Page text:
Part of my reasoning behind doing an afternoon painting course in London was that I could either take advantage of cheaper train fares ( which I did for the first week , going to British Museum for lunch in the members room ) or I could fit in a visit to a gallery in the morning. So last Friday I managed to fit in a visit to Tate Modern to catch the Georgia O'Keeffe exhibition before it closed.
I've always had a soft spot for her flower paintings partly because they weren't the accurate botanical illustrations I was surrounded by but nevertheless showing their essence. Name drop alert : when they were filming 'The Private Life of Plants' in the lab I worked in ( I set up some of the plants they used for time-lapse shots in episode 5 ), David Attenborough had an enormous book of her paintings which they were consulting to work out interesting close-up shots.
But this exhibition revealed so much more. I filled pages in my sketchbook with quick drawings to analyse what in particular interested me about certain paintings and drawings. There's nothing like seeing them in the flesh to see the subtlety of her marks, particularly the quality of line.
Having got all my old sketchbooks, paintings ( mainly watercolours) and drawings out of storage, I've been looking at them with a fresh eye. I've shared a few here , not because they're great paintings but because I realise they have some of the qualities I picked up on in the exhibition and am working on some ideas to take further .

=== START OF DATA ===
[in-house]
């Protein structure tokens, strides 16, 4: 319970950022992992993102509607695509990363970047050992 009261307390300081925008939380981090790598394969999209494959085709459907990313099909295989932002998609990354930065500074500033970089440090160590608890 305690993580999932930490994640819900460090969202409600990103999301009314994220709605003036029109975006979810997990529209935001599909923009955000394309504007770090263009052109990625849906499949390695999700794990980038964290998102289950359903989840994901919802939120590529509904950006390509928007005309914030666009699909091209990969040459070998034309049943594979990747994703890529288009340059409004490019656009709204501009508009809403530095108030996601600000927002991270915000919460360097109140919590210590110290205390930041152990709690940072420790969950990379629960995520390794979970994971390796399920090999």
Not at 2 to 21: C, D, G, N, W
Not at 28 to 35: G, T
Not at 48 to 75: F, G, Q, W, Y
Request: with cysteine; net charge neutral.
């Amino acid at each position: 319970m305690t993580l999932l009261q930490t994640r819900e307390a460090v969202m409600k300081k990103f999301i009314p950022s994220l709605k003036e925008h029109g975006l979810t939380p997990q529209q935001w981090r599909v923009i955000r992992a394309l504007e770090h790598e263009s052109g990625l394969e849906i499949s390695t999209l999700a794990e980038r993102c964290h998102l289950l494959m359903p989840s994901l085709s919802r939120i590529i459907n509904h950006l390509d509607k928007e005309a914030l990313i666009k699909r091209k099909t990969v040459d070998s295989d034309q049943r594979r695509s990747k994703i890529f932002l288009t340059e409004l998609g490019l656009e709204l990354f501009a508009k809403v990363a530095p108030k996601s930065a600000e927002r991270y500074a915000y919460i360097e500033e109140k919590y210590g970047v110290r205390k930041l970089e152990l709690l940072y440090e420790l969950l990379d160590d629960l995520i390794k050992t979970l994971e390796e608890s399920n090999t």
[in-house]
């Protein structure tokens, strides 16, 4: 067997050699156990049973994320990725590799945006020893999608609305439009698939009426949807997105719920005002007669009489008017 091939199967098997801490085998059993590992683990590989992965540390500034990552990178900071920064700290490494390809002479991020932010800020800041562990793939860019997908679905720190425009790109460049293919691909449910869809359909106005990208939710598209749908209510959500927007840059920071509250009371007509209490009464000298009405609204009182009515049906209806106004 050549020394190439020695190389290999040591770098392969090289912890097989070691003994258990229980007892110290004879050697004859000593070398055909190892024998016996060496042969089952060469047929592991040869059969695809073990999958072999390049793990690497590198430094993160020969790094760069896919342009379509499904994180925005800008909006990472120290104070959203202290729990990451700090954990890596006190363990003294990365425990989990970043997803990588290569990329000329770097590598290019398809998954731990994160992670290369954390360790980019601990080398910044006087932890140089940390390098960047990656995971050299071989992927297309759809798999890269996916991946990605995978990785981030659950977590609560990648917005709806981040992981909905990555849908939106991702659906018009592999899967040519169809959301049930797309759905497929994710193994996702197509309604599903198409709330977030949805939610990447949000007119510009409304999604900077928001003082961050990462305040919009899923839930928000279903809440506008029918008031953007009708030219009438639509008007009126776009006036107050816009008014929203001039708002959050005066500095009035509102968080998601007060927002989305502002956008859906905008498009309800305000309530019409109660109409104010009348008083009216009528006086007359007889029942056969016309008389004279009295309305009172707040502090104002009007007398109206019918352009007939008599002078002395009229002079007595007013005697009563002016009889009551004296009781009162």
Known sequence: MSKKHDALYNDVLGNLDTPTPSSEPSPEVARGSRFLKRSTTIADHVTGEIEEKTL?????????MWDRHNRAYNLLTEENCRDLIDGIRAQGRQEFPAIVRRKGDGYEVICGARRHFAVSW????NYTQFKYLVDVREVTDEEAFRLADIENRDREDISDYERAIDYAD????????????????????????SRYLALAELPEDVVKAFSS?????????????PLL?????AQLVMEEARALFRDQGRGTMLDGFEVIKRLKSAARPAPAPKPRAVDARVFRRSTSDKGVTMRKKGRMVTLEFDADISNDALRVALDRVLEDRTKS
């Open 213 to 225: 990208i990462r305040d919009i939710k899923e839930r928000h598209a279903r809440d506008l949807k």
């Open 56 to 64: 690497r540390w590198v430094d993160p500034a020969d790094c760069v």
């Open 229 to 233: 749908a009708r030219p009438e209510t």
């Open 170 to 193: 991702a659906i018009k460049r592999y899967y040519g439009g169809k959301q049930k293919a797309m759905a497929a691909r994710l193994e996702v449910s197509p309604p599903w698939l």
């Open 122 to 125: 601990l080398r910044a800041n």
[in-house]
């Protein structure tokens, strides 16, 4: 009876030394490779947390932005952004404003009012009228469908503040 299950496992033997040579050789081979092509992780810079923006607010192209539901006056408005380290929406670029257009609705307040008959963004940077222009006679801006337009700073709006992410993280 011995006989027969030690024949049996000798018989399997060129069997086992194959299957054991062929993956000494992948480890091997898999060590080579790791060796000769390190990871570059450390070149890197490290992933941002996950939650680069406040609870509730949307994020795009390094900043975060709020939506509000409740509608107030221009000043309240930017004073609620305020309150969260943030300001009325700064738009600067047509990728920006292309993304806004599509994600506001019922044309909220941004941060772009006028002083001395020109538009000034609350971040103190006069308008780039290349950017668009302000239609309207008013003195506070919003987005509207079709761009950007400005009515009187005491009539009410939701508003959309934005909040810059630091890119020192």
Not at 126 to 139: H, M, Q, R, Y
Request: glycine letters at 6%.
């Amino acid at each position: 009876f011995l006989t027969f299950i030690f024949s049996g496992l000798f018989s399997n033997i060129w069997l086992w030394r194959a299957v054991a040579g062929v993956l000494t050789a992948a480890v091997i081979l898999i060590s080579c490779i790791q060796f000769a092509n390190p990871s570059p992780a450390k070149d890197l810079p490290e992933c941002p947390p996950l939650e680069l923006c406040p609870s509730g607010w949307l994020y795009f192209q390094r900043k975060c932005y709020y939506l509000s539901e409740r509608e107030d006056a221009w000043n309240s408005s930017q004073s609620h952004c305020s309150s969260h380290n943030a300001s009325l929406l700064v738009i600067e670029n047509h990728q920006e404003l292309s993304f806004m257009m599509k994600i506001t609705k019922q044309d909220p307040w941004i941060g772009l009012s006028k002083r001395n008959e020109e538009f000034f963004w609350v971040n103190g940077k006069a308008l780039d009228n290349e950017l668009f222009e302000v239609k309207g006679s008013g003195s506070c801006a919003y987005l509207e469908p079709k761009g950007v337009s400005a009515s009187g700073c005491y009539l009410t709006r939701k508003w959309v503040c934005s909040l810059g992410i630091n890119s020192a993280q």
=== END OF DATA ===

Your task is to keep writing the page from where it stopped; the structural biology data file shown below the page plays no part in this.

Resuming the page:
G O'K East River from the Shelton No 6
G O'K Oak Leaves Pink and Grey
In the inspirational classes with Sandra Beccarelli in Brentford, we looked at Georgia O'Keeffe's leaf paintings in interpreting Autumn colour in watercolour ( definitely an exercise I will be repeating soon )
G O'K Blue II
G O'K New York -Night Madison Avenue
I loved these aerial view abstracts, from both early and later years but sharing some of the same characteristics of space, light and line. They remind me a bit of the Peter Lanyon's Glider Paintings ( hardly surprising in the top one which was inspired by flights and the view from planes)
G O'K Drawing III
When I went on painting courses at FSC Nettlecombe in the 1990's , I frequently drew and painted the remnants of trees in the grounds, liking how the twisted and broken branches framed glimpses of the landscape beyond. I don't think I'd seen these tree pieces by Georgia O'Keeffe before but I particularly like how the thickness of the lines vary, almost disappearing into the surroundings with strong, almost dominating use of negative space.
G O'K Autumn Trees- The Maple
G 0'K Clam and Mussel
G O'K Shell no 2When I was sketching mussels on the train going into London, I had no idea that she had painted quite a few shell compositions ! Again it's given me lots of ideas to scale up my sketches.
Tomorrow it's Paul Nash at Tate Britain!